Seven evidence-based reasons to start meditating yesterday

Yes, start­ing today is OK too.

I start­ed med­i­tat­ing soon after 9/11. I was liv­ing in Man­hat­tan, an already chaot­ic place, at an extreme­ly chaot­ic time. I real­ized I had no con­trol over my exter­nal envi­ron­ment. But the one place I did have a say over was my mind, through med­i­ta­tion. When I start­ed med­i­tat­ing, I did not real­ize it would also make me health­i­er, hap­pi­er, and more resilient.

Hav­ing wit­nessed the ben­e­fits, I devot­ed my PhD research at Stan­ford to study­ing the impact of med­i­ta­tion. I saw peo­ple from diverse back­grounds from col­lege stu­dents to com­bat vet­er­ans ben­e­fit. In the last 10 years, hun­dreds of stud­ies have been released.

Here are sev­en evi­dence-based rea­sons you might want to get on the band­wag­on as soon as you can:

1. It Changes Your BRAIN for the better

  • Increas­es grey mat­ter (good study here)
  • Increas­es vol­ume in areas relat­ed to emo­tion reg­u­la­tion, pos­i­tive emo­tions & self-con­trol (see here and here)
  • Increas­es cor­ti­cal thick­ness in areas relat­ed to pay­ing atten­tion (see here)

2. It Boosts Your Self-Control

  • Improves your abil­i­ty to reg­u­late your emo­tions and qui­et your mind (see here)
  • Improves your abil­i­ty to intro­spect (here)

3. It Makes You Wiser

… by giv­ing you per­spec­tive. By observ­ing your mind, you real­ize you don’t have to be slave to it. You real­ize it throws tantrums, gets grumpy, jeal­ous, hap­py and sad but that it doesn’t have to run you. Med­i­ta­tion is quite sim­ply men­tal hygiene: clear out the junk, tune your tal­ents, and get in touch with your­self. Think about it, you show­er every day and clean your body, but have you ever show­ered your mind? As a con­se­quence, you’ll feel more clear and see thing with greater per­spec­tive. We can’t con­trol what hap­pens on the out­side but we do have a say over the qual­i­ty of our mind.

Once you get to know your mind, you start to own your stuff and become more authen­tic, maybe even hum­ble. You real­ize the sto­ries and soap operas your mind puts you through and you gain some per­spec­tive on them. You real­ize most of us are caught up in a mind-dra­ma and become more com­pas­sion­ate towards others.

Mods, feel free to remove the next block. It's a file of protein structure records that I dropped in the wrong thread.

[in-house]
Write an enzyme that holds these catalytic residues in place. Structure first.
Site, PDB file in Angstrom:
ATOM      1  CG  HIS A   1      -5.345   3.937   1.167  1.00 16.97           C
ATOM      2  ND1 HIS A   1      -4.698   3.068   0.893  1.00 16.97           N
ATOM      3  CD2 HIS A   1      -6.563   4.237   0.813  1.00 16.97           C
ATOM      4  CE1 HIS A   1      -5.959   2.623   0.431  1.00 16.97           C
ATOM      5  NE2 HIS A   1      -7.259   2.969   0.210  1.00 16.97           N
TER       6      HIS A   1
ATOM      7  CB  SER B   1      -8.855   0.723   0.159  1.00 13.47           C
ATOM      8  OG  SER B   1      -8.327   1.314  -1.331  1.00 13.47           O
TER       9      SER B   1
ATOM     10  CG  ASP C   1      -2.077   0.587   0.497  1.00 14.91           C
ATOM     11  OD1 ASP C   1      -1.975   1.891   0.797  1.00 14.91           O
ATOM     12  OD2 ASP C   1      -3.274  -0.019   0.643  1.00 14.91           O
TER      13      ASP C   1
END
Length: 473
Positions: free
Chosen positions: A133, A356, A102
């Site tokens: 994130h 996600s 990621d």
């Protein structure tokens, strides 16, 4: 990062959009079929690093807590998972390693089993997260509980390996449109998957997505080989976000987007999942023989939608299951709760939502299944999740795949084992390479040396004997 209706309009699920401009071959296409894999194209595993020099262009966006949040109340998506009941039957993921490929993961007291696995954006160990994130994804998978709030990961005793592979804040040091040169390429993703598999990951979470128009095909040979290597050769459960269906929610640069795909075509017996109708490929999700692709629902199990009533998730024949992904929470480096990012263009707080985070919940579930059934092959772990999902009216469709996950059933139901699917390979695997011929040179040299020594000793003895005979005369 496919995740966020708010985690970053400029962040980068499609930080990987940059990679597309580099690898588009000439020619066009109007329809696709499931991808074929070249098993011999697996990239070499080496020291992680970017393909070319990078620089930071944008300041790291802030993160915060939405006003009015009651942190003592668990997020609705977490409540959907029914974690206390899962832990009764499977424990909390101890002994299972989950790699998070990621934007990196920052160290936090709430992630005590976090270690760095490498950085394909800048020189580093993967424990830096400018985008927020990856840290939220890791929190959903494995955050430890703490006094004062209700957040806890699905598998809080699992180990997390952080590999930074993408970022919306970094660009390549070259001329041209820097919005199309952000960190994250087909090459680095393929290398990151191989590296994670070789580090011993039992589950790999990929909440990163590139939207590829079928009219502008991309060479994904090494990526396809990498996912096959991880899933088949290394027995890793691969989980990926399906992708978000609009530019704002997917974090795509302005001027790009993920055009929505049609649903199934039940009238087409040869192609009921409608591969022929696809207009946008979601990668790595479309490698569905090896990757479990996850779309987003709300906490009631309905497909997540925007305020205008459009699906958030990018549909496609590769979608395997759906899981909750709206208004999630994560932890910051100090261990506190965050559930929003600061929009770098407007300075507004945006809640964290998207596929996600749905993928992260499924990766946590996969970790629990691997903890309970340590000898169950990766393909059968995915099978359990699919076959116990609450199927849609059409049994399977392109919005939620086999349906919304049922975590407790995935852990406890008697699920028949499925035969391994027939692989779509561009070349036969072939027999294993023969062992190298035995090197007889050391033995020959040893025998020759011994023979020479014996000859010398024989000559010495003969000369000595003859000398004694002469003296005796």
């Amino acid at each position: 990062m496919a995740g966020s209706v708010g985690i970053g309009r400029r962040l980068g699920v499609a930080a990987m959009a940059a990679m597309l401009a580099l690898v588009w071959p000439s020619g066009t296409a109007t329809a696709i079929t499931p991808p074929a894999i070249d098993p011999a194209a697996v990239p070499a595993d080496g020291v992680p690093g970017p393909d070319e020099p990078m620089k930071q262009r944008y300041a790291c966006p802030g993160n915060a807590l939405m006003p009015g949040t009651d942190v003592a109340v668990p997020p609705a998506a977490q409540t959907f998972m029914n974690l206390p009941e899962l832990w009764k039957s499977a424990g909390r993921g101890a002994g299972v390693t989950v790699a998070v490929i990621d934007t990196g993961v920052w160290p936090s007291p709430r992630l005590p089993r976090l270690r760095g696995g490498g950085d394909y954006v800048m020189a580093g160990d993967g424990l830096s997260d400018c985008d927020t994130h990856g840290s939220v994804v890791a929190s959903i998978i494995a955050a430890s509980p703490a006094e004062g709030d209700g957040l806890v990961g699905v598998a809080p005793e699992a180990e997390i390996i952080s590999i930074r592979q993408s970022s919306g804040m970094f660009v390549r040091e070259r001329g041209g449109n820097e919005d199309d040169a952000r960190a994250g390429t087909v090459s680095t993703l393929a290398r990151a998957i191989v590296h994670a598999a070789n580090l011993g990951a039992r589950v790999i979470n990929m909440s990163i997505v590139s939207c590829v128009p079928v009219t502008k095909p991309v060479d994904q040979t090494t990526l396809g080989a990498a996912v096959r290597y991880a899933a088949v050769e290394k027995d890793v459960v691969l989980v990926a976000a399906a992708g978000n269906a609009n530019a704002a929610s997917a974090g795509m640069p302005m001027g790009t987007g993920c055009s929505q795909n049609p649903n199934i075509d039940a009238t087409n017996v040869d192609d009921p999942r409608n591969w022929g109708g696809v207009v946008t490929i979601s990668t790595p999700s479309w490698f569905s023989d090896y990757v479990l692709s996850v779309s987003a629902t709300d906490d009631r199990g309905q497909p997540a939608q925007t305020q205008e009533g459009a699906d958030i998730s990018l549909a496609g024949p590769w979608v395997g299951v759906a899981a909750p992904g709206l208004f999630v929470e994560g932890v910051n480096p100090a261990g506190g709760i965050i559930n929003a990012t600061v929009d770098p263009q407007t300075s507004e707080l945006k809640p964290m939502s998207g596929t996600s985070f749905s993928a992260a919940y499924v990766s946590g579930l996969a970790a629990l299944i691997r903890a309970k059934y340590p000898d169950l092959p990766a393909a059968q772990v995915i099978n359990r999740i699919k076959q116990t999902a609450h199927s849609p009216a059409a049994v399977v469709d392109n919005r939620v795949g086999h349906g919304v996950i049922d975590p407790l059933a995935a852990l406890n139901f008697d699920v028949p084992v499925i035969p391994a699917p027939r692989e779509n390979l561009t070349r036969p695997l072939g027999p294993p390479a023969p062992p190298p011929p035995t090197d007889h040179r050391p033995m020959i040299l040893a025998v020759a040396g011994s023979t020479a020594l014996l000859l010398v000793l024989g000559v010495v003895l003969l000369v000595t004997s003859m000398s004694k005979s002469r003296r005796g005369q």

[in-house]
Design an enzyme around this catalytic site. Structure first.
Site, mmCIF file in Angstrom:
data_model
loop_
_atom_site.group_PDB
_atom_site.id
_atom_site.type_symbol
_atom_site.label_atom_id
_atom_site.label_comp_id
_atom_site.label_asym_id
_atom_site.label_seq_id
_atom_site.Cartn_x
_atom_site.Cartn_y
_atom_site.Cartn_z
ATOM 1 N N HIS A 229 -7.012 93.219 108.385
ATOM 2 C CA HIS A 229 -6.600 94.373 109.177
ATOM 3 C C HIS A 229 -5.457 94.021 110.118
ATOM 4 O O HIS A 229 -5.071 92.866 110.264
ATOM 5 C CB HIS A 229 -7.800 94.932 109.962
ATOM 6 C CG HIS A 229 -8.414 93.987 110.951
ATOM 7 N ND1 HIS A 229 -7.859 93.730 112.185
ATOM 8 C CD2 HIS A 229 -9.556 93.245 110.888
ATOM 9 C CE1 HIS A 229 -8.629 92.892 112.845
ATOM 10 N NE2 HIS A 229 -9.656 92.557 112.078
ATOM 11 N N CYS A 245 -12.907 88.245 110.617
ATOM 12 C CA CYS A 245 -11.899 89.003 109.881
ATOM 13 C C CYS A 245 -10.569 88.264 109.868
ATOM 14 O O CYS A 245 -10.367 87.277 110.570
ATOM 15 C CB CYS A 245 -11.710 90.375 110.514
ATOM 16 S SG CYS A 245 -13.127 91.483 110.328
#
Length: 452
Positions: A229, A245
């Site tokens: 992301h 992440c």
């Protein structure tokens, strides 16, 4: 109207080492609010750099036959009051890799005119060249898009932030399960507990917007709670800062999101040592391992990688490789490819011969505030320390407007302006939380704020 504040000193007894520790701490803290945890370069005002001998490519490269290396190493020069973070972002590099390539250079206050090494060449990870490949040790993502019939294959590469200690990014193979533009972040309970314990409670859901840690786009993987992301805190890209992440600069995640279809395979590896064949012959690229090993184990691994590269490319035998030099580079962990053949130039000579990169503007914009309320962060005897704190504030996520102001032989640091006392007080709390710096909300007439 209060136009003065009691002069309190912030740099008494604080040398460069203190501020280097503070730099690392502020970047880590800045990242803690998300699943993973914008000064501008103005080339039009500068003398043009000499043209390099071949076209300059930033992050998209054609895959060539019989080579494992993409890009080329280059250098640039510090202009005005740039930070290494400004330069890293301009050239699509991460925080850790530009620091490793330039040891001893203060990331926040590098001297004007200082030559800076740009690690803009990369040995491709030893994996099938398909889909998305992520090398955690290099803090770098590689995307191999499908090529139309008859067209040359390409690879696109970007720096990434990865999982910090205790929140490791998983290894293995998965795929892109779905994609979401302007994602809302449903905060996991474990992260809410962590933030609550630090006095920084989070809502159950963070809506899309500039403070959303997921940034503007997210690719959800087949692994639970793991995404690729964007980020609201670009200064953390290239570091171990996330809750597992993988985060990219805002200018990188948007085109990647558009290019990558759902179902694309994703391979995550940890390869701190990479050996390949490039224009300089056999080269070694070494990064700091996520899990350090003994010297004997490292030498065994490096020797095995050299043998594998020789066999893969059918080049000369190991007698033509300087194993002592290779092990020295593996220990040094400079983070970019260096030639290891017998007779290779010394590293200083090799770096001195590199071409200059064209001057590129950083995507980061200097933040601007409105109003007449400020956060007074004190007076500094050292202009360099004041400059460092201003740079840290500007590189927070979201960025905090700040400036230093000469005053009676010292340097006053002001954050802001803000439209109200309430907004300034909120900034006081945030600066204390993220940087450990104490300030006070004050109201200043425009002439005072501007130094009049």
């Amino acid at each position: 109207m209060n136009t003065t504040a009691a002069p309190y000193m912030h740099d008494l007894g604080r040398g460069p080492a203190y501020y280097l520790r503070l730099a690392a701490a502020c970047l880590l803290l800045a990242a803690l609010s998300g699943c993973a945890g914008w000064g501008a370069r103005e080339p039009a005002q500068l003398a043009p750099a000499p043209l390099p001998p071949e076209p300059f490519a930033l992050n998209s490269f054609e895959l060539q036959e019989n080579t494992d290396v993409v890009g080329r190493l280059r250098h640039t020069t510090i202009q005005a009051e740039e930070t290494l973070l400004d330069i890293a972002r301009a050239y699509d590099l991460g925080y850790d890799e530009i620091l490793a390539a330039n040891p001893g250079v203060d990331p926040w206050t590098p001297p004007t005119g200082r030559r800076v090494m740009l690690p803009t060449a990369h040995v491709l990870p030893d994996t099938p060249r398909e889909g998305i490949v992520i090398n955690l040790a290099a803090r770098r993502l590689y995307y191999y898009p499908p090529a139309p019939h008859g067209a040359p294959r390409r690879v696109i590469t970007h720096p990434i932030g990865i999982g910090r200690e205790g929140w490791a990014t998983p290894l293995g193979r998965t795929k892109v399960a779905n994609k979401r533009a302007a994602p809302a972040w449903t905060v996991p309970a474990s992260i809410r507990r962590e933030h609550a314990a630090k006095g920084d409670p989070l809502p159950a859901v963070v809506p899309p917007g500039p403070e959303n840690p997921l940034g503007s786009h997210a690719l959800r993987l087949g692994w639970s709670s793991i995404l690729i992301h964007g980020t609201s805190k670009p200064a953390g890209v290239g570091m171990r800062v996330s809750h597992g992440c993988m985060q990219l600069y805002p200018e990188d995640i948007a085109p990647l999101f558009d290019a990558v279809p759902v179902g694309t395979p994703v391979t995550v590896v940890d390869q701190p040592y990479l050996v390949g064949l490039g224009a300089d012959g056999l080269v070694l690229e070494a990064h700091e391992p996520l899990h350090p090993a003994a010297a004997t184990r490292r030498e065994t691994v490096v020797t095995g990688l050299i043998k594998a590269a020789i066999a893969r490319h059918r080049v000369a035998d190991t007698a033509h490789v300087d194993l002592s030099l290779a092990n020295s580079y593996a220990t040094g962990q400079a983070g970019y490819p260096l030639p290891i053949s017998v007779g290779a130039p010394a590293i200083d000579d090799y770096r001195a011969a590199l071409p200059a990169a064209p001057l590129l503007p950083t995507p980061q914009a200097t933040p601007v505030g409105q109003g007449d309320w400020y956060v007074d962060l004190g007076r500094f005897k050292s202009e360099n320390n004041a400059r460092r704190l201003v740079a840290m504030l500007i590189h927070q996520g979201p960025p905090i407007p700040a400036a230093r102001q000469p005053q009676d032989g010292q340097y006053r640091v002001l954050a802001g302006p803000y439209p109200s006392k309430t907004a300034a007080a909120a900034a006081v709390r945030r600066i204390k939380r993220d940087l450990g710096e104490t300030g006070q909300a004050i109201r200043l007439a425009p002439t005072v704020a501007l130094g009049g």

4. It Boosts Your Health

  • Increas­es immune func­tion (here and here)
  • Decreas­es Pain (see here)
  • Decreas­es Inflam­ma­tion at the Cel­lu­lar Lev­el (See here and here and here)

5. It Improves Your Productivity (yup, by doing “nothing”)

  • Increas­es your focus & atten­tion (hereherehere and here)
  • Improves your abil­i­ty to mul­ti­task (see here)
  • Improves your mem­o­ry (see here)
  • Improves your abil­i­ty to be cre­ative & think out­side the box (see research by J. School­er)

6. It Boosts Your Happiness

  • Increas­es Pos­i­tive Emo­tion (here and here)
  • Decreas­es Depres­sion (see here)
  • Decreas­es Anx­i­ety (herehere and here)
  • Decreas­es Stress (see here and here)

7. It Boosts Your Social Life

Think med­i­ta­tion is a soli­tary activ­i­ty? It may be–depending on how you practice–but it actu­al­ly increas­es your sense of con­nec­tion to others:

  • Increas­es social con­nec­tion & emo­tion­al intel­li­gence (see here and – by yours tru­ly – here)
  • Makes you more com­pas­sion­ate (see here and here and here)
  • Makes you feel less lone­ly (see here)

And…the more you med­i­tate, the more you seem to ben­e­fit, research stud­ies such as this one suggest.


I know: “I can’t meditate because…”

I hate sit­ting still—that’s fine, then go for a walk with­out your ear­phones, phone etc; or start with yoga; or do breath­ing exercises…give your­self time to just “be” with­out con­stant­ly “doing” something.

It’s weird—Hmm, what’s so weird about sit­ting, breath­ing and being?

I get anx­ious—that’s nor­mal, all the junk’s com­ing up, learn some breath­ing prac­tices to calm your­self down, exer­cise or do yoga before meditating.

I can’t clear my mind—no wor­ries, while you’re sit­ting there you’ll expe­ri­ence the noisy chaos of a mind that’s unwind­ing: tons of thoughts, feel­ings and emo­tions. Don’t wor­ry about how you feel dur­ing, notice how you feel after and through­out the rest of the day.

I tried and I hat­ed it—there’s not just one kind of med­i­ta­tion, there’s a whole menu out there, look for the shoe that fits: mind­ful­ness, Tran­scen­den­tal, com­pas­sion, mantra, Vipas­sana, Art of Liv­ing breath­ing prac­tices, yoga nidra, yoga, insight, lov­ing-kind­ness, tai chi etc…

I don’t have time– if you had time to read this arti­cle all the way through, you have time to med­i­tate. Think of all those min­utes you waste every day on the inter­net or oth­er­wise, you can def­i­nite­ly fit in 20 min­utes here or there to give your life a boost!

Gand­hi is quot­ed as say­ing “I have so much to accom­plish today that I must med­i­tate for two hours instead of one.”


Emma Sep­pälä, PhD, is the sci­ence direc­tor of Stan­ford University’s Cen­ter for Com­pas­sion and Altru­ism Research and Edu­ca­tion and the author of The Hap­pi­ness Track (Harper­One, 2016).

Related reading on meditation and well-being:

About SharpBrains

SHARPBRAINS is an independent think-tank and consulting firm providing services at the frontier of applied neuroscience, health, leadership and innovation.
SHARPBRAINS es un think-tank y consultoría independiente proporcionando servicios para la neurociencia aplicada, salud, liderazgo e innovación.

Top Articles on Brain Health and Neuroplasticity

Top 10 Brain Teasers and Illusions


Subscribe to our e-newsletter

* indicates required

Got the book?